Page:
- University of Alberta
Many species form social groups with dominance hierarchies. Often, individuals possess a status signal that indicates dominance rank. Songbirds produce songs that are used to attract mates or repel rivals, and acoustic features within songs can also indicate an individual's quality, including dominance rank. Acoustic status signals have been reported in the songs of male black-capped chickadees, Poecile atricapillus, a nonmigratory North American songbird. Here we used two operant conditioning tasks to examine acoustic preference for and discrimination of conspecific songs produced by males varying in dominance rank. We used a choice preference task to examine birds' preferences for listening to dominant or subordinate songs and conducted an instrumental learning task to determine whether chickadees considered dominant and subordinate songs as belonging to separate signal categories based on acoustic features. Overall, our results provide little evidence that birds used open-ended categorization when discriminating, but there is evidence that songs from different geographical regions may contain acoustic similarity based on dominance rank. Consistent with previous song discrimination studies with black-capped chickadees, we found sex differences in discrimination abilities, with females learning the discrimination faster than males. We also found evidence that performance accuracy during the instrumental learning task correlates with acoustic song preference. Overall, these results suggest that when biologically relevant signals (e.g. male songs) are used as stimuli during a perceptual task, the birds' responses may be differentially affected based on individual differences among the subjects performing the task (including sex and underlying preference) and the salience associated with the stimuli (e.g. dominance rank of the singer).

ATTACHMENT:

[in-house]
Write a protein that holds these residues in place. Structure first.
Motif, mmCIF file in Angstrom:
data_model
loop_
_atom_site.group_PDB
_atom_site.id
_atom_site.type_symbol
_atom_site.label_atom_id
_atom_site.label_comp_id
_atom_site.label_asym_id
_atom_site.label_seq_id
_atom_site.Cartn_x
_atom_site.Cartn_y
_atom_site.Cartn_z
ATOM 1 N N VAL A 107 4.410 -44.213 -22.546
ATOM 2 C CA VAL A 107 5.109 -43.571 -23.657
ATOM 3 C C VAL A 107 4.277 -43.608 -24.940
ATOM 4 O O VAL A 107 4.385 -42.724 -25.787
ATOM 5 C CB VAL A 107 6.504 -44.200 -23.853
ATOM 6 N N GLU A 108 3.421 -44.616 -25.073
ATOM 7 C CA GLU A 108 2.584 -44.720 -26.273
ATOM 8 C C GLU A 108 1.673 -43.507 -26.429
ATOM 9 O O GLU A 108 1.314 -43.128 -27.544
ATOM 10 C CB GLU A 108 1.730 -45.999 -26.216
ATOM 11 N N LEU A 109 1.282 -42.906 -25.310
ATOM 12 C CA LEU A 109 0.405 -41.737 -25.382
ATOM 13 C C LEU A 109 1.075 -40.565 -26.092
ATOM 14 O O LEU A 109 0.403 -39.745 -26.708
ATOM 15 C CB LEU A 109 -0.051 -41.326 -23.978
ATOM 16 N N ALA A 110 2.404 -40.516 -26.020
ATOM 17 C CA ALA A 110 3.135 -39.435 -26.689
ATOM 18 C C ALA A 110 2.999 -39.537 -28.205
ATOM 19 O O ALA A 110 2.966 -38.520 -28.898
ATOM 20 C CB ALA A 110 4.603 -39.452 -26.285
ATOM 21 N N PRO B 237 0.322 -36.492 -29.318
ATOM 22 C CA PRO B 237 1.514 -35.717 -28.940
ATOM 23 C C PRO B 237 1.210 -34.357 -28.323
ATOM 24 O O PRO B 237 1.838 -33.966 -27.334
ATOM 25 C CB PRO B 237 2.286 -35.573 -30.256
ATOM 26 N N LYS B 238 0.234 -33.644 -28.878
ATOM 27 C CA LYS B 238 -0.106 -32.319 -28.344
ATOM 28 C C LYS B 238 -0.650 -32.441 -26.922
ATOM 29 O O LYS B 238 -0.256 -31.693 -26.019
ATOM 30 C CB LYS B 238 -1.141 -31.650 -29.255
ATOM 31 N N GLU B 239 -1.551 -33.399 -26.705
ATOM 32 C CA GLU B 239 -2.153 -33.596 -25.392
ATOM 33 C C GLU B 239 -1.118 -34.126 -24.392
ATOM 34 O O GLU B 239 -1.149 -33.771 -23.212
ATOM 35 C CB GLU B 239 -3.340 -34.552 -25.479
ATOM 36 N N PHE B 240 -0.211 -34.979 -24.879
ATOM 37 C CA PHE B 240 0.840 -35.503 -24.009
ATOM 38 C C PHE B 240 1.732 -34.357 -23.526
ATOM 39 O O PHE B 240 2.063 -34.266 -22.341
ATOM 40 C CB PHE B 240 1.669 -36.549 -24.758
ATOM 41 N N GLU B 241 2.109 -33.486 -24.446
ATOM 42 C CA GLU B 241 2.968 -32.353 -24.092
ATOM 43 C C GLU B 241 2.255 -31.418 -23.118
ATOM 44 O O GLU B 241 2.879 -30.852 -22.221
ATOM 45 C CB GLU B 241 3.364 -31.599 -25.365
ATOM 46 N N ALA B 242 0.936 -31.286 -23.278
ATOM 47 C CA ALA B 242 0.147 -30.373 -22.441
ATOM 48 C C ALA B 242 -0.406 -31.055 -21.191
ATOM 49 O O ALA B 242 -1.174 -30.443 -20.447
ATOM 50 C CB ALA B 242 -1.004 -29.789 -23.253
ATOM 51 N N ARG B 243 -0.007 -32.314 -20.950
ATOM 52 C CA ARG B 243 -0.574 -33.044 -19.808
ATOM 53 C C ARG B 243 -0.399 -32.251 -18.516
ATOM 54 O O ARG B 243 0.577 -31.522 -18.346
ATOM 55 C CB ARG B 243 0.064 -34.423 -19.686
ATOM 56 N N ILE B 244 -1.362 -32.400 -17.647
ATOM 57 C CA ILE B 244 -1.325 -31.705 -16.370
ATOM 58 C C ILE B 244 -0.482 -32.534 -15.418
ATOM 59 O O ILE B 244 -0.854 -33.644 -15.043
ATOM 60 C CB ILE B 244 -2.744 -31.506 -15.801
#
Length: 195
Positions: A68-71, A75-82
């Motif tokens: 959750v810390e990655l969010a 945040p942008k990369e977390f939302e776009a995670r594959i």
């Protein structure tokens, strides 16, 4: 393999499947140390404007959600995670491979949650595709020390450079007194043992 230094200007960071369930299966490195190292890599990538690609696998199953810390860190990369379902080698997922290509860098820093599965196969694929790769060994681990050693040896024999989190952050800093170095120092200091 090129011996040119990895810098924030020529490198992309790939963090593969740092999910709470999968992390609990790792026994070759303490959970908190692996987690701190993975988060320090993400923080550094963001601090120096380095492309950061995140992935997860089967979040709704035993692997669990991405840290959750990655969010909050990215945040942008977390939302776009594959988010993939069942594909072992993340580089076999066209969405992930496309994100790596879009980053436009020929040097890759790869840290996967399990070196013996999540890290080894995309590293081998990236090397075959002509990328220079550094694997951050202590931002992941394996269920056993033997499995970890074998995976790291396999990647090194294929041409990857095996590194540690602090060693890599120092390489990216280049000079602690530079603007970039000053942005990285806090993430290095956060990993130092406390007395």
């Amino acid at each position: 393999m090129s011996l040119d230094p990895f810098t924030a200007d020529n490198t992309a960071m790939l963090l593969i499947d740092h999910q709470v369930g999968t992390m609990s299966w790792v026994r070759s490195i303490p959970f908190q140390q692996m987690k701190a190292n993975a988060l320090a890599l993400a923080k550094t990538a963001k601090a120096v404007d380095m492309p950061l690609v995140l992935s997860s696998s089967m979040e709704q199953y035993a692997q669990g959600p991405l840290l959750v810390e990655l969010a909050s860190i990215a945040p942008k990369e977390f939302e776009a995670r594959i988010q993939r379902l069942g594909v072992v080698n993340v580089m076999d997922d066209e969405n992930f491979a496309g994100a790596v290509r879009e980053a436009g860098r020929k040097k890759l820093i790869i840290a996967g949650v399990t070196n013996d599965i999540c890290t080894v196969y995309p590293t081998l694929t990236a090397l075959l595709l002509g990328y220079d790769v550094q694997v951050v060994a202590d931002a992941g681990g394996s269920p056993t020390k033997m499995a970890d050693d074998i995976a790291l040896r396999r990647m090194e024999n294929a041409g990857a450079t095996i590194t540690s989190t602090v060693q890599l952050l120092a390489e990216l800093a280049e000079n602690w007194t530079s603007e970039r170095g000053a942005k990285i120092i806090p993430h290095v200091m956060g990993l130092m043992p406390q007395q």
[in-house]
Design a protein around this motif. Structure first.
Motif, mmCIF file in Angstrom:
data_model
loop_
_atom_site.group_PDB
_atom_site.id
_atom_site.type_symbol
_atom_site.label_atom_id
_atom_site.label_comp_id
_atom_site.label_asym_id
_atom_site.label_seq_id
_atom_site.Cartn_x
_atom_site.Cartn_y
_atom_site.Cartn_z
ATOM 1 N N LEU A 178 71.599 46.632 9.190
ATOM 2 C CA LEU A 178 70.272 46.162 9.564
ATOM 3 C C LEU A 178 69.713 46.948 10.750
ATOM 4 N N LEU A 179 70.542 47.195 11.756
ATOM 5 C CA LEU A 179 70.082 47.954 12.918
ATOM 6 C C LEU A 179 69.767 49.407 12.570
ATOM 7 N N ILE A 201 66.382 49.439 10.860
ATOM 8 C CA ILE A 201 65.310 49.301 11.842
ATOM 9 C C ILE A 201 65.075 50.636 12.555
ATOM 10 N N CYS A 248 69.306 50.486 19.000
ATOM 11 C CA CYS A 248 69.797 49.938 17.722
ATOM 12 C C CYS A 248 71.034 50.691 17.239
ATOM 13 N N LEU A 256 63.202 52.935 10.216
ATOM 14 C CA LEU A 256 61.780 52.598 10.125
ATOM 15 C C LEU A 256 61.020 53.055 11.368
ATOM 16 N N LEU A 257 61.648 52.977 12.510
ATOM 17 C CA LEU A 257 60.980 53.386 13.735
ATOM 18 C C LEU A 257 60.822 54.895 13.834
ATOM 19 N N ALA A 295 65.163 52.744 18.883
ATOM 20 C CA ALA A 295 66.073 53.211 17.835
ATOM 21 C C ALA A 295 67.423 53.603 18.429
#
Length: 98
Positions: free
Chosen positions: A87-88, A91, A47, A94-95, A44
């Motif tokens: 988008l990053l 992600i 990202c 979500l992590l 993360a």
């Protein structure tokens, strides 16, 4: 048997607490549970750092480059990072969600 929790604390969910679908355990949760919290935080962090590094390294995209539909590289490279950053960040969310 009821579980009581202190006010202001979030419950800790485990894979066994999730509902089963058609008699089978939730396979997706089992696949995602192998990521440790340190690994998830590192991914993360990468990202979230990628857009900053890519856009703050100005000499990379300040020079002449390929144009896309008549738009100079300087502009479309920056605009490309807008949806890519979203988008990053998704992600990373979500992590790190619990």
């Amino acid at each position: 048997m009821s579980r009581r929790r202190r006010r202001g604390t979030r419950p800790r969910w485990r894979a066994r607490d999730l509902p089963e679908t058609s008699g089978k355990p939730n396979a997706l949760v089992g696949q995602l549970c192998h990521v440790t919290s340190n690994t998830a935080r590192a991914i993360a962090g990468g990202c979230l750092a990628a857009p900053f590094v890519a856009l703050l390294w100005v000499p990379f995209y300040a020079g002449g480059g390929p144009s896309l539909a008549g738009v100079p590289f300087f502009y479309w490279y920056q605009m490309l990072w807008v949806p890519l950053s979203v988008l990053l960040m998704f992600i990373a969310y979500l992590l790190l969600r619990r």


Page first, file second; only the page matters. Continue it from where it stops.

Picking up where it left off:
Nineteen black-capped chickadees (10 males and 9 females, sex determined by DNA analysis of blood samples; Griffiths, Double, Orr, & Dawson, 1998) were tested between March and May 2012. Birds were captured in Edmonton (North Saskatchewan River Valley, 53.53°N, 113.53°W; Mill Creek Ravine, 53.52°N, 113.47°W), or Stony Plain (53.46°N, 114.01°W), Alberta, Canada between January and March 2012 and were at least 1 year of age at capture (verified by examining colour and shape of the outer tail retrices; Pyle, 1997).
When not in the experimental apparatus, birds were housed singly in cages (30 × 40 cm and 40 cm high, Rolf C. Hagen, Inc., Montreal, QB) in colony rooms within the visual and auditory range of conspecifics. Birds had ad libitum access to food (Mazuri Small Bird Maintenance Diet; Mazuri, St Louis, MO, U.S.A.), water (vitamin supplemented on alternating days; Prime vitamin supplement; Hagen, Inc.), grit and cuttlebone. Birds received nutritional supplements, including three to five sunflower seeds daily, one superworm (Zophobas morio) three times a week, and a mixture of eggs and greens (spinach or parsley) twice a week. The colony rooms were kept on a light:dark cycle that mimicked the natural light cycle for Edmonton, Alberta, Canada. Birds were naïve to all experimental procedures.
Choice preference task
During the choice preference task, birds were individually tested in a sound-attenuating chamber (117 × 120 cm and 200 cm high; Industrial Acoustics Company, Bronx, NY). The testing space measured 67 × 116 cm and 116 cm high. In the chamber, there were three perches (1.75 cm in diameter and 10 cm in length) each in front of a Fostex FE108E Σ full-range speaker (Fostex Corp., Tokyo, Japan; frequency response range 80–18 000 Hz). During testing, landing on two of the perches resulted in stimulus playback, while landing on the third perch resulted in no auditory playback (i.e. a neutral perch). The back wall and each side wall had one speaker mounted to it. Each perch was located 100 cm from the floor of the testing area. Each perch contained an infrared beam used to monitor when a bird landed on the perch. A single-board computer (Palya & Walter, 2001) and personal computer controlled which stimuli played and recorded responses. Stimuli were played from a CD through a Cambridge Azur 640A Integrated Amplifier (Cambridge Audio, London, U.K.) to the speakers within the chamber. During the testing session, birds had ad libitum access to Mazuri and water located on the floor of the testing space.